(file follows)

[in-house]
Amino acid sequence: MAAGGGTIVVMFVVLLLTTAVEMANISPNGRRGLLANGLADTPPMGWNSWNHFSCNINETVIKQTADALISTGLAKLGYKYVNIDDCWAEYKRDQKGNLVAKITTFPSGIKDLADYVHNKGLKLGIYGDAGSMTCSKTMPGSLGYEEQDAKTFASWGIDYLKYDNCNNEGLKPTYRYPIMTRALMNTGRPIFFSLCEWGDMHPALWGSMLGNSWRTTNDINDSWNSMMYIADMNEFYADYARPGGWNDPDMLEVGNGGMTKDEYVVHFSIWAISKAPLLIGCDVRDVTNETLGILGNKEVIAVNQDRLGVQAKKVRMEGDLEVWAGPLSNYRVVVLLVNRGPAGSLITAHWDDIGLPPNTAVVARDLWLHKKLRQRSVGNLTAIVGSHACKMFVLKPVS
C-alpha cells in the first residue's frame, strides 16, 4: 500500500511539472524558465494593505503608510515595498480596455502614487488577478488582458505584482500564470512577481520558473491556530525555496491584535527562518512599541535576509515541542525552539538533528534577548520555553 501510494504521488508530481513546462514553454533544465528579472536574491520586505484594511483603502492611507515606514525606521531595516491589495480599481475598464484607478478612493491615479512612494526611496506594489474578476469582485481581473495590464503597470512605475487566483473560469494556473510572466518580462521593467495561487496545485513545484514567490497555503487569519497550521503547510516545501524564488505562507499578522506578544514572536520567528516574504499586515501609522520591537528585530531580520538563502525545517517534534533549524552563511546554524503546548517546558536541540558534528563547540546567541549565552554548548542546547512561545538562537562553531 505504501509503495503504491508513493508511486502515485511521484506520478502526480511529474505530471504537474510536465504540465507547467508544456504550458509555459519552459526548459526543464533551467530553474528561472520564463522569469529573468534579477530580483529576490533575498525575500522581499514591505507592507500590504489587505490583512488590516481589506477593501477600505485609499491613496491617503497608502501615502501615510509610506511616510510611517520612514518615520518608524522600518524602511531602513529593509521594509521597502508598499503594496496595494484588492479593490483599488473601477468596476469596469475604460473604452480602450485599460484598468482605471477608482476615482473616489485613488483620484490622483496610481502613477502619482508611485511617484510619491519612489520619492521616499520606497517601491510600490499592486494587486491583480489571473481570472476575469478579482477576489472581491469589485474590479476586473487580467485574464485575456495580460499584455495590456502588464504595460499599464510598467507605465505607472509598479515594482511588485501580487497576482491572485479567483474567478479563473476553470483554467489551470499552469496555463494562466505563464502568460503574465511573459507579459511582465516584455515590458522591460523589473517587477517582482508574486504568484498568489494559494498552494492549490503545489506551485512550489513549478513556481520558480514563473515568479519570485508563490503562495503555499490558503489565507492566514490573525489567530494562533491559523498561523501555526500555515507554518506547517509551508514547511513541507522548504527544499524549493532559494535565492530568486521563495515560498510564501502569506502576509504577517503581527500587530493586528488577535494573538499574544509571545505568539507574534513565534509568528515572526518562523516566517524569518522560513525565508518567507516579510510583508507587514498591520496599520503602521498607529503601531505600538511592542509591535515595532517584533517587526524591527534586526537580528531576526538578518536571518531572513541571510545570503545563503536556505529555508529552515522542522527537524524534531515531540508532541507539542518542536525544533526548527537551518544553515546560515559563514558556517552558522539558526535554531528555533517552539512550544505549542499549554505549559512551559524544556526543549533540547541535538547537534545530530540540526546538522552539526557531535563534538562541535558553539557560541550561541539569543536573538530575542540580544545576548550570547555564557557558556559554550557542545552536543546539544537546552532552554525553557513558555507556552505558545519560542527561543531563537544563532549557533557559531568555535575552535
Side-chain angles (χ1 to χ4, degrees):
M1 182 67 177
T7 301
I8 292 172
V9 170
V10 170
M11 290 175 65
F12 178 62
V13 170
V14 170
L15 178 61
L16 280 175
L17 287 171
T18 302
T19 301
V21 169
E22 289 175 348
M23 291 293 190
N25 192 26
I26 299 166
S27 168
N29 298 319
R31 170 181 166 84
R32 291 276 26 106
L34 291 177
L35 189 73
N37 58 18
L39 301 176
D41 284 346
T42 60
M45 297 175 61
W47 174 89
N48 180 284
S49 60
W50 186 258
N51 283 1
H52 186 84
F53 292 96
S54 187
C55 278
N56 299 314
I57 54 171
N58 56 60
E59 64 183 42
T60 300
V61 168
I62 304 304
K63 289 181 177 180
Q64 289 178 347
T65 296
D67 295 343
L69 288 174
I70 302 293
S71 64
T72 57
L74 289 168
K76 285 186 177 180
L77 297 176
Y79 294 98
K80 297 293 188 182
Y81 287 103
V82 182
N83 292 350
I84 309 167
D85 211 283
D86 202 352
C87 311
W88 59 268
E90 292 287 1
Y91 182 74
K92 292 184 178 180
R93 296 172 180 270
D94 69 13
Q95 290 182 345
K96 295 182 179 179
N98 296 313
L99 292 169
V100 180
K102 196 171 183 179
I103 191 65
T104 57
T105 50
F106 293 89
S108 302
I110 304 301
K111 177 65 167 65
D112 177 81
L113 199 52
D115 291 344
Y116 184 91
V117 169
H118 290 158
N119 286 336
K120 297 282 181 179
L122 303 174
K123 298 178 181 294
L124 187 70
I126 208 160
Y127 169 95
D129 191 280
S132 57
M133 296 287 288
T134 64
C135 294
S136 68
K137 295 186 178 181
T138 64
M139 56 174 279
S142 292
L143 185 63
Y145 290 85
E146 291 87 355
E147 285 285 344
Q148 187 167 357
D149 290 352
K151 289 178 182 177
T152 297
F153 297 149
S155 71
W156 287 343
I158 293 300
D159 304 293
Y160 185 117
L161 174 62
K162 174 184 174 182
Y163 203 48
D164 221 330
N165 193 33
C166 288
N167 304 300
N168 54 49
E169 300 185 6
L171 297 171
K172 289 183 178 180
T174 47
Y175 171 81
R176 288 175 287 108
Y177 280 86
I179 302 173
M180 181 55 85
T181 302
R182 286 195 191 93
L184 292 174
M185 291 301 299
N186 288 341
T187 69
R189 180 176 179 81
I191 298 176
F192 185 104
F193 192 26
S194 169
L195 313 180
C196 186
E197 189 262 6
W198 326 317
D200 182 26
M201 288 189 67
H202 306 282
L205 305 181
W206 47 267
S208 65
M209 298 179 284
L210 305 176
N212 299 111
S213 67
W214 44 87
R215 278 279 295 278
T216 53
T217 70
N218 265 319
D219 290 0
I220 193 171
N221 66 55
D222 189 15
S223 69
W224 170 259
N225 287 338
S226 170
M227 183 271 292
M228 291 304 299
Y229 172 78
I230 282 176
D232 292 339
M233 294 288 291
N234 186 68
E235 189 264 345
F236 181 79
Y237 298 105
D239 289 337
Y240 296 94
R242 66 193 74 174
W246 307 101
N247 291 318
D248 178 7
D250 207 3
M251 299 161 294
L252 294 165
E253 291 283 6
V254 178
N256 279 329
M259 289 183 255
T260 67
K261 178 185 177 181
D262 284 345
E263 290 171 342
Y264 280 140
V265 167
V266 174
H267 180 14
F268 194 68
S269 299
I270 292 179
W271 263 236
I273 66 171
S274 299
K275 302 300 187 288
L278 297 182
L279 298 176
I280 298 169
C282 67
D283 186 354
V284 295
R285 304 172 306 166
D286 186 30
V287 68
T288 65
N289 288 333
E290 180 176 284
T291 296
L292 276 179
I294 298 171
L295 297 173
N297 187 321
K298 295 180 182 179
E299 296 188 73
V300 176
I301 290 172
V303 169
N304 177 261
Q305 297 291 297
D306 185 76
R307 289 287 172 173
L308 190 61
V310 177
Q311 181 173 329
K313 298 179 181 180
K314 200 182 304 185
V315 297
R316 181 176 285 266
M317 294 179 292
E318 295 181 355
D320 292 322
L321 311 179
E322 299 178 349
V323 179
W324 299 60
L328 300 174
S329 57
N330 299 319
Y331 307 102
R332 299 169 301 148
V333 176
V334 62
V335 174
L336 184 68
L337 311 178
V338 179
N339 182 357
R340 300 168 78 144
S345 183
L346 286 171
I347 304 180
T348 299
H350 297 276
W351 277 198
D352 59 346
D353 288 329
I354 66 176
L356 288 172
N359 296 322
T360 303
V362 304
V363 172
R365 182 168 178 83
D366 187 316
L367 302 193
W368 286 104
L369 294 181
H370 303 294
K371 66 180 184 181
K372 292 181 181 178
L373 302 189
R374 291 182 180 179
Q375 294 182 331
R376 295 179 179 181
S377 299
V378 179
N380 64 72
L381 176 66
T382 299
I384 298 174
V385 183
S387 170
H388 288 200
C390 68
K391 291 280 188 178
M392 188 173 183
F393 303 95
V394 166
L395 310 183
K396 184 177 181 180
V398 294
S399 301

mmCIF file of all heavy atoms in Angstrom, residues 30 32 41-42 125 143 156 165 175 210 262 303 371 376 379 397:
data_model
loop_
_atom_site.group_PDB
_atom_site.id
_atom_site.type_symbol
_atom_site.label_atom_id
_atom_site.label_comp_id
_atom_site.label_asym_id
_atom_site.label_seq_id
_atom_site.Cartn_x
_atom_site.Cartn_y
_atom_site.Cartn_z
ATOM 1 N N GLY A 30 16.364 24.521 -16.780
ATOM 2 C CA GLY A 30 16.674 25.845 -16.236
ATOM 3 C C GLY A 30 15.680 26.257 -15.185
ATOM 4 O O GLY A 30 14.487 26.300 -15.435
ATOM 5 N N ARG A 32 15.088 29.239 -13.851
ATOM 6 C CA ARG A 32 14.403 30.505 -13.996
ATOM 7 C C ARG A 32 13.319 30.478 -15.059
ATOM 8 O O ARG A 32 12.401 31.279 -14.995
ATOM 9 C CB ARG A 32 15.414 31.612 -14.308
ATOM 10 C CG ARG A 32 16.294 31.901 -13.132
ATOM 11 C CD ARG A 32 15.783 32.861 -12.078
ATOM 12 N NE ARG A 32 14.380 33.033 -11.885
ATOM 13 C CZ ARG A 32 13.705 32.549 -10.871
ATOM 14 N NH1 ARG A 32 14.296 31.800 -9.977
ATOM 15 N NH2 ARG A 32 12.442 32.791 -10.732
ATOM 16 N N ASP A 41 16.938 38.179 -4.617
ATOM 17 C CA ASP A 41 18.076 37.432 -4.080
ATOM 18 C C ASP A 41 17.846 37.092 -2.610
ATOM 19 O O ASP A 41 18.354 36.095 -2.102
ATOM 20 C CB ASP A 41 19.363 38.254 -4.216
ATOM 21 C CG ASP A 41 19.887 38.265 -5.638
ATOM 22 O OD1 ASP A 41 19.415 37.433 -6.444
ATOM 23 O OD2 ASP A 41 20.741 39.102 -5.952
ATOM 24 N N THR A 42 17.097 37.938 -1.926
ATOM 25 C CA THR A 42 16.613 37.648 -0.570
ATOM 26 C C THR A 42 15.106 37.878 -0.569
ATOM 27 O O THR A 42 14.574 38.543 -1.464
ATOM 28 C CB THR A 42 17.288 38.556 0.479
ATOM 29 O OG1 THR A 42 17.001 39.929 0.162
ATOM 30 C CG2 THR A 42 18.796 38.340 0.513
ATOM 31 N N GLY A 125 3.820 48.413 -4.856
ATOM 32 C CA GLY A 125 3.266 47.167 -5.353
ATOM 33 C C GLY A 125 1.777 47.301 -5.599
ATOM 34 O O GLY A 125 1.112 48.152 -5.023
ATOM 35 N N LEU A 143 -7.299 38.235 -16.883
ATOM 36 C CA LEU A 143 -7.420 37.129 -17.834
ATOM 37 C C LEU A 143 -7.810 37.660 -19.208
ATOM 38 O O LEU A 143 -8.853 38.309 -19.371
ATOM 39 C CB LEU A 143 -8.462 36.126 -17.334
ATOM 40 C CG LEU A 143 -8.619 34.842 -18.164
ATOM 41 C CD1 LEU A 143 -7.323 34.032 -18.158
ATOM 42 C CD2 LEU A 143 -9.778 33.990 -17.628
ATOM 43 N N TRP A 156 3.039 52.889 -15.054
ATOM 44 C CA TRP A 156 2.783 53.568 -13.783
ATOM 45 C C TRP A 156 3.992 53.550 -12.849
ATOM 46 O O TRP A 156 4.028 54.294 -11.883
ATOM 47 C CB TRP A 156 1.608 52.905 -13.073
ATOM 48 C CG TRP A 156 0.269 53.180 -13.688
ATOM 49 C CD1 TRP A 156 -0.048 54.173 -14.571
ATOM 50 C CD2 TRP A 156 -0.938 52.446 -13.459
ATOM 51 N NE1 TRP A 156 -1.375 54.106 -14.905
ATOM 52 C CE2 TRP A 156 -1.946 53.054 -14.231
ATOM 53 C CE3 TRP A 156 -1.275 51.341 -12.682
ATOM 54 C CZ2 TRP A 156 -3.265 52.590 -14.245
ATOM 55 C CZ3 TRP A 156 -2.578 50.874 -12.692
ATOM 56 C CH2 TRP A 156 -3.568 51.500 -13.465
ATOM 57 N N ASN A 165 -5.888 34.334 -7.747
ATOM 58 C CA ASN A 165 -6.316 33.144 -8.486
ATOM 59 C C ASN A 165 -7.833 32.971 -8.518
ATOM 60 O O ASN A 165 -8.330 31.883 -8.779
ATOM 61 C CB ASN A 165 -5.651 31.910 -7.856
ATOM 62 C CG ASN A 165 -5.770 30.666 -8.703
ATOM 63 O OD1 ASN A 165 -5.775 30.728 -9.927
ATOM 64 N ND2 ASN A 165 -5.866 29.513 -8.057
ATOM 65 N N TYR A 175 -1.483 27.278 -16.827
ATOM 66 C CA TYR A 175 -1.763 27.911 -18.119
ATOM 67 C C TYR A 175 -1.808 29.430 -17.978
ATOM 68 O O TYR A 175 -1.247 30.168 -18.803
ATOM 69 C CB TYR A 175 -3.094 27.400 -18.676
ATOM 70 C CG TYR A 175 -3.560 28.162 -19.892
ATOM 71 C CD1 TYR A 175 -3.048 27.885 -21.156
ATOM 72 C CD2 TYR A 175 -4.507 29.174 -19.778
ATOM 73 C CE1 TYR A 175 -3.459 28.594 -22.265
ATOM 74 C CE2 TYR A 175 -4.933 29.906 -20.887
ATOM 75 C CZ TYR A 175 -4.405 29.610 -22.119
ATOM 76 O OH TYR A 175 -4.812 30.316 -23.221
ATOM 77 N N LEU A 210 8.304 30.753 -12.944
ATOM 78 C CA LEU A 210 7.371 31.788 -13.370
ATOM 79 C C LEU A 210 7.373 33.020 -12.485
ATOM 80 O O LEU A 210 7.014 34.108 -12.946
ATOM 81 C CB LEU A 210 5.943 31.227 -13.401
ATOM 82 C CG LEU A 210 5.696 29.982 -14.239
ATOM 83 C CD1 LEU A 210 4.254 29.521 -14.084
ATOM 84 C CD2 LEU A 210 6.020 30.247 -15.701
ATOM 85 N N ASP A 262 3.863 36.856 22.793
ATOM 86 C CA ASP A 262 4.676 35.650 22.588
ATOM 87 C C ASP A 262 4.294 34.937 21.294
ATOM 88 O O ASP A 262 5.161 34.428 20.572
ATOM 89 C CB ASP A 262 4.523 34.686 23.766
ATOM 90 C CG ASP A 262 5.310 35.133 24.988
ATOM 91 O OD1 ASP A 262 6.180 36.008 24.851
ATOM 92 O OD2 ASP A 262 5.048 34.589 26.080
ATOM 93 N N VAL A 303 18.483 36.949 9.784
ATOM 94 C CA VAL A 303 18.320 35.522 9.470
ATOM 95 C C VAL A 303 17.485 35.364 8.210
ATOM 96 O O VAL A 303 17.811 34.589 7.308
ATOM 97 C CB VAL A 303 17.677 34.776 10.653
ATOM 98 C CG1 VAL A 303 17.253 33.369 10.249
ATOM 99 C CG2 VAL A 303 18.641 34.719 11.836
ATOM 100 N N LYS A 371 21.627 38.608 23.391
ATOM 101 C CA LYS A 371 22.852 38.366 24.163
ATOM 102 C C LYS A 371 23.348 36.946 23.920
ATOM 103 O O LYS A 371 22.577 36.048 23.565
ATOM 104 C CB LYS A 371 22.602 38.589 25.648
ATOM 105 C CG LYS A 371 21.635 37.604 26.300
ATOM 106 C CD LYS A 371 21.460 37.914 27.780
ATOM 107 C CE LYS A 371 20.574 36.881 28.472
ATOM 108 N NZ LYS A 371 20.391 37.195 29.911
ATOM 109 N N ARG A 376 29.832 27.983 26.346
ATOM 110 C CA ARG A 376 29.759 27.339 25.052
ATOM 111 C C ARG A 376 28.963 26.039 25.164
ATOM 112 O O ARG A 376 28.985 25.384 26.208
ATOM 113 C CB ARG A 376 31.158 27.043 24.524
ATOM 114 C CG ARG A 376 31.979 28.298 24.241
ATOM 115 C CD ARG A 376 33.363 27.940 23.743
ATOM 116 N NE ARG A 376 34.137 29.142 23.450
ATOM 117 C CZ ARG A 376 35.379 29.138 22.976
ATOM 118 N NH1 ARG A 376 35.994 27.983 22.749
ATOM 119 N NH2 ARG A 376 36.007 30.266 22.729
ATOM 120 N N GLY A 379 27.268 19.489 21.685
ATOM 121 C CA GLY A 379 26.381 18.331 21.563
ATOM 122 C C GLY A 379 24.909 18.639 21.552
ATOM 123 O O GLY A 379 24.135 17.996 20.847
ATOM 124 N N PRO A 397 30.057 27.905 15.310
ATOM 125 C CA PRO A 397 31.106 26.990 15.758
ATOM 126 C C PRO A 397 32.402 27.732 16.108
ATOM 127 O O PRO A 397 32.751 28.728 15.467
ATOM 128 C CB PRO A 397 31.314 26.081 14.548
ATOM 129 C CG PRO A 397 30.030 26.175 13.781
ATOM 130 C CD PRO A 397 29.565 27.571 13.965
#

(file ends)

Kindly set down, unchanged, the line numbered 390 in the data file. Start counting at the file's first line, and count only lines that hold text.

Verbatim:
ATOM 61 C CB ASN A 165 -5.651 31.910 -7.856